Thousands gathered to recall the lives lost in the Grenfell Tower blaze a year ago
Thousands of people took part in a silent march of remembrance in the shadow of Grenfell Tower last night to mark one year since the fire that gutted the building and took 72 lives.
Participants came from across London and further afield for the procession, which was the culmination of a day of events that included church services and a vigil as well as a ceremony by the tower. Police estimated that 5,000 people took part.
Green scarves were handed out by volunteers. The Labour leader, Jeremy Corbyn, arrived for the march wearing a green sash as a sign of solidarity.
Corbyn wrote a message on the tower’s perimeter fence: “Love and sympathy to all at Grenfell. Together we mourn. Together we overcome.”
He told reporters the fire stood for “everything that is unequal and wrong about this country” and added: “This is the richest borough in Britain and the most deprived borough in Britain – Golborne ward is one of the poorest borough wards anywhere in Britain, in the richest borough.
“Somewhere along the line all those families who have not yet been rehoused, when the luxury flats are still springing up all over London ... sorry, people come first.”
Survivors, the bereaved and others affected by the fire were due to lead the march, with six giant papier-mache hearts emblazoned with the words dignity, grace, justice, strength, truth and unity. People carried placards calling for a full immigration amnesty for survivors, as well as “justice for Grenfell” and “united for Grenfell”.
Firefighters formed a guard of honour, laying their helmets at their feet, as the procession passed.
Ivan Costa, 23, who lived in flat 103 at Grenfell, said it was draining to relive the day. “It’s hard to remember all the memories that were left there a year ago. But being around the community, that’s helped us over the last year,” he said.
“Thanks to all the community for all the help and the support, every single month we’ve gathered here to do a march. It just kept growing.”
Vincent Archer, 51, a firefighter who was at the scene two days after the fire, said he came to pay his respects to the victims and show support for survivors. “It was not very nice and I haven’t been back since,” he said.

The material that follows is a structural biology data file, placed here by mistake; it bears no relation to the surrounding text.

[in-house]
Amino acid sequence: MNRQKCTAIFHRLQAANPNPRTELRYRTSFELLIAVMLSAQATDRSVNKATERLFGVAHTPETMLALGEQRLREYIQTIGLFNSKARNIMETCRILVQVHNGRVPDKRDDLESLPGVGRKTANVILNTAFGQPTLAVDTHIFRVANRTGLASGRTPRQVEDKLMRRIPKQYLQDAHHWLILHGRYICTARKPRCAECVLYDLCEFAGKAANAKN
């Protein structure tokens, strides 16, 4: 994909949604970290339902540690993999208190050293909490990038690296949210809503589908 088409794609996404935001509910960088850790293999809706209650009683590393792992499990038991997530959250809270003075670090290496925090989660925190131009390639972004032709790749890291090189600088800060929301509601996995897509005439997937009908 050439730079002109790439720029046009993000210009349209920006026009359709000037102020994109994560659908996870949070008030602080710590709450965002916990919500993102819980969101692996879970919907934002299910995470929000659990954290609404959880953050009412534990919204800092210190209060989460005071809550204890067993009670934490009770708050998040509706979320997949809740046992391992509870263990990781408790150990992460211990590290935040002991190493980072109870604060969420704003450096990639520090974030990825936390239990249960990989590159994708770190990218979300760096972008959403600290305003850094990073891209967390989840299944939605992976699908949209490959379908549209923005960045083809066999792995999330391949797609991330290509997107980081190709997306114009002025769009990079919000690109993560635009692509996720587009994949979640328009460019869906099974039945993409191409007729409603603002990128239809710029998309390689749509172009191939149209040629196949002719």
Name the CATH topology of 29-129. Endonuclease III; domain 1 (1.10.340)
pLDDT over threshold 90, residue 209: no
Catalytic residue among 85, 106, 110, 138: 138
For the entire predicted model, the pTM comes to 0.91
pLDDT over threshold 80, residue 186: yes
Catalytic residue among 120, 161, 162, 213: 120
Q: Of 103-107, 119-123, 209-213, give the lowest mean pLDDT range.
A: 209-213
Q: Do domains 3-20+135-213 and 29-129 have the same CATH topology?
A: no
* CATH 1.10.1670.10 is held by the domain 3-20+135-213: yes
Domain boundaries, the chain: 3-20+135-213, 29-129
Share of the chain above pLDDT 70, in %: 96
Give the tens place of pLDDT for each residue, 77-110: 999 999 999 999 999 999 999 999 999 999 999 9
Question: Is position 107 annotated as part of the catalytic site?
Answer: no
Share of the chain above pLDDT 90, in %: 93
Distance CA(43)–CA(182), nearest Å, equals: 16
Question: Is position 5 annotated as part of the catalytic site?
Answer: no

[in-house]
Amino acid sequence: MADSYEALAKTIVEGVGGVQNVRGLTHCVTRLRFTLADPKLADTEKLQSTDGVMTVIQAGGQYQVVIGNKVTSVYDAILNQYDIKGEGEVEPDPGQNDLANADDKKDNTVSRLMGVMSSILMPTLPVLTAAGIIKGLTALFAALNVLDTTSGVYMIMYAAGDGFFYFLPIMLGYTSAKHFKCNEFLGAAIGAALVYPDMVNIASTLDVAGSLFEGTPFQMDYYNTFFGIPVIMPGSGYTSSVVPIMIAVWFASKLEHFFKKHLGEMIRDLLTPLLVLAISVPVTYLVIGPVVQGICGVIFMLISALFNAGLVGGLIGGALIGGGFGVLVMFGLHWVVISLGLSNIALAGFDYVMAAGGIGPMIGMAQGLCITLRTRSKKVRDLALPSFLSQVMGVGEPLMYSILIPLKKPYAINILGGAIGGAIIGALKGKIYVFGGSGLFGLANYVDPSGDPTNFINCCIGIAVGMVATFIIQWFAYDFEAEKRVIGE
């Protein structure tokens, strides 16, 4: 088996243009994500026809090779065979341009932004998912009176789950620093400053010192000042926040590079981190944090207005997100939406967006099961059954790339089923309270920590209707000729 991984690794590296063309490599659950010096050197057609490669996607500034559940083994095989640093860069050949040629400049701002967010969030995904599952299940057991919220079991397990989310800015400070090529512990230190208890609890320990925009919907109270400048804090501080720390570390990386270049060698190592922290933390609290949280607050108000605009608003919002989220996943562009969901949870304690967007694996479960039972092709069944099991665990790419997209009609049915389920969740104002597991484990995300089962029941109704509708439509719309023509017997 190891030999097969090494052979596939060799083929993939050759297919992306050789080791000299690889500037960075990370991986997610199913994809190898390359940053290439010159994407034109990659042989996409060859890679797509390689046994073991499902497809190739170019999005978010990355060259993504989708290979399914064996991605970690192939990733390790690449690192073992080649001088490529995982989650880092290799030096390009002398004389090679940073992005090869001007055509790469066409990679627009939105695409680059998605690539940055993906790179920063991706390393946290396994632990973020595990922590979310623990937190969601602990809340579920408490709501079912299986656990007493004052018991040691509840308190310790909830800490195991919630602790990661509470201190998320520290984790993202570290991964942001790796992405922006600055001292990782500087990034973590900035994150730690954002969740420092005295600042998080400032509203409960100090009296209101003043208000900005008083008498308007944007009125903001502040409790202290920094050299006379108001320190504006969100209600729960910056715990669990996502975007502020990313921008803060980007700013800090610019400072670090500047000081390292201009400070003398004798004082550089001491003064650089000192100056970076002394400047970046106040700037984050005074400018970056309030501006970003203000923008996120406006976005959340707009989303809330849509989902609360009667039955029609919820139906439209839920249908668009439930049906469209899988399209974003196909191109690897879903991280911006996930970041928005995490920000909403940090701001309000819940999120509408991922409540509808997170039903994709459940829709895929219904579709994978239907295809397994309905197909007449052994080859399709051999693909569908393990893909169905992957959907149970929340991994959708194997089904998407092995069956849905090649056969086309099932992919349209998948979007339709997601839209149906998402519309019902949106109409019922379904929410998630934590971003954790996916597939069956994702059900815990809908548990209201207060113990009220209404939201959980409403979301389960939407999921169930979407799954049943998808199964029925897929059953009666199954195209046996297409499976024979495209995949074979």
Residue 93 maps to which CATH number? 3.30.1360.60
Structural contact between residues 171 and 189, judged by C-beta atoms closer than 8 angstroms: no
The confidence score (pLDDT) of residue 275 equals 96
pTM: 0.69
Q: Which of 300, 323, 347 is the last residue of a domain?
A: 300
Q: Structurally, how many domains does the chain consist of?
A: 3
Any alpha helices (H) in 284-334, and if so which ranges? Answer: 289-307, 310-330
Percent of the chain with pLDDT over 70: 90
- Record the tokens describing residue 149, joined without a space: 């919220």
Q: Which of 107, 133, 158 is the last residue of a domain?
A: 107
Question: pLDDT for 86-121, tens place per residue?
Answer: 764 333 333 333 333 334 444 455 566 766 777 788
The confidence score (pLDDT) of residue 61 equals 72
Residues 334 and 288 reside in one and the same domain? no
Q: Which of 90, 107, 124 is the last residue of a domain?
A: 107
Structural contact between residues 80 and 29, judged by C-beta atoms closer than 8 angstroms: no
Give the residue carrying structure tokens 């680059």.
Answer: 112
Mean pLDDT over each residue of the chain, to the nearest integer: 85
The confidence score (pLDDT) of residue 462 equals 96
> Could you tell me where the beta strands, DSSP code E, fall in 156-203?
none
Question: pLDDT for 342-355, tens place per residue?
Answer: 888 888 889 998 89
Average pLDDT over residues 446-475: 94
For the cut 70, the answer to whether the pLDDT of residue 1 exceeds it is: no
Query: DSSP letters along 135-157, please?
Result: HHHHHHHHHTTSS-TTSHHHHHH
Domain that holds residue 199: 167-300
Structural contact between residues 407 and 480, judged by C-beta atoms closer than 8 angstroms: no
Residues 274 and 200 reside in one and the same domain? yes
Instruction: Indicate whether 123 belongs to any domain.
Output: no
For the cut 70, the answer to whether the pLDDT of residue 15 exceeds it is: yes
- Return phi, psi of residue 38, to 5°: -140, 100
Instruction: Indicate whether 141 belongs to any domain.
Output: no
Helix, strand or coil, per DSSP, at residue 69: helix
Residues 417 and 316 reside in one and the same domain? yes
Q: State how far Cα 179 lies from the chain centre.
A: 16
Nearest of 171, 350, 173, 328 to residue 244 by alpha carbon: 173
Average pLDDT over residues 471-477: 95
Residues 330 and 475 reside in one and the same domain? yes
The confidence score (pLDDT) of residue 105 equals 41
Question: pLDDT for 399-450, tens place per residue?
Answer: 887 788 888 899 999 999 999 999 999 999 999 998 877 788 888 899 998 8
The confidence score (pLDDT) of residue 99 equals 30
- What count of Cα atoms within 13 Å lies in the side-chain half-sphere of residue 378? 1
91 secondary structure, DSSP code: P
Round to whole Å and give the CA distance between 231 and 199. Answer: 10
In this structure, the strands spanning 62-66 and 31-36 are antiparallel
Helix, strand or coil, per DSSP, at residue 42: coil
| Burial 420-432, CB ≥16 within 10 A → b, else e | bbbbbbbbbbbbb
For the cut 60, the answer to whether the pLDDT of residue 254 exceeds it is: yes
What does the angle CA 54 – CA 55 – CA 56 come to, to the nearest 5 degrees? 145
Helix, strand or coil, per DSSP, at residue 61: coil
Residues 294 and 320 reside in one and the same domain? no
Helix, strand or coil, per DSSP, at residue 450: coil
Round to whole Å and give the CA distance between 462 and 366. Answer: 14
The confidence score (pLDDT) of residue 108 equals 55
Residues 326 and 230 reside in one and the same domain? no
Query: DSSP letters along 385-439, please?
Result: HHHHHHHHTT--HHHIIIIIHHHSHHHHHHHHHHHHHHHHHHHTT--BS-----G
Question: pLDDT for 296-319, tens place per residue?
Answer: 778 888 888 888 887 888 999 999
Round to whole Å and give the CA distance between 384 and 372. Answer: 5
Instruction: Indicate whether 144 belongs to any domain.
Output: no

“All the marches that have taken place since, I’ve been working, but also I just didn’t feel up to it. I felt tonight on the year anniversary I would come back and see how I feel.” Silent marches have taken place on the 14th of every month since the fire, and one of the organisers said they would continue to be held in the future. “How can we stop something that heals so many people, that offers peace, that offers mourning, that offers a call for justice?” said Zeyad Cred.
“It sounds crazy but it gives people a voice, even though we’re silent; it makes people feel counted.”
The march took place on a day awash with green: scarves, ribbons, lapel badges, balloons, T-shirts, hats and headwraps, all in the vibrant shade now associated with the fire and the community’s response.
At the foot of the tower and at a commemorative service at the nearby St Helen’s church 72 seconds of silence were observed.
People stopped across the country for a moment of reflection. Those paying tribute included the Queen and Duchess of Sussex in Chester, Prince Charles and the Duchess of Cornwall on a visit to Ireland, the Palace of Westminster and government offices, the London fire brigade headquarters and the England squad in Russia.
At St Helen’s, candles were lit and prayers were said. Graham Tomlin, bishop of Kensington, said it was a day of “painful memories, a day we remember those 72 precious lives lost”. It was also “a day for justice, as we pledge ourselves again to the slow, patient search for truth and justice for those who lost their lives, and a day for peace”, he said.
Grenfell was “a symbol of pain and loss and a symbol of our failure to care for one another” but it could also be “a symbol of change and renewal”.
After the service, 73 doves – one for each life lost, plus one to represent lingering fears that there may have been other victims who were not identified – were released from baskets outside the church. Among those present were the Labour MPs Emma Dent Coad and David Lammy, and the leader of Kensington and Chelsea council, Elizabeth Campbell.
Shortly before 1am yesterday – the time the fire service received the first emergency call – the tower and a dozen others in the area, and also 10 Downing Street, were illuminated in green.
At St Clement’s church, near to the tower, the Lord’s prayer was said every hour through the night – the only words punctuating a 24-hour silent vigil that ended at 6pm last night with a communion service. Special prayers of remembrance were due to be said later last night at al-Manaar mosque.
On Wednesday night, the eve of the anniversary, people gathered near the tower for an iftar meal to break the Ramadan fast cheered and applauded as a London Underground driver stopped his train and unfurled a green banner in tribute to the victims.
Harvey Mitchell sounded the tube’s horn and shouted words of support.
Later, Mitchell said he lost a friend in the fire. Explaining his gesture of solidarity, he told Sky News: “That’s the least I could do for people who lost their lives ... let it be.”
▼ Participants in the silent march at Grenfell Tower, below left, wore green, the symbol of the response to the fire
▲ Tube driver Harvey Mitchell stops his train to hold up a green banner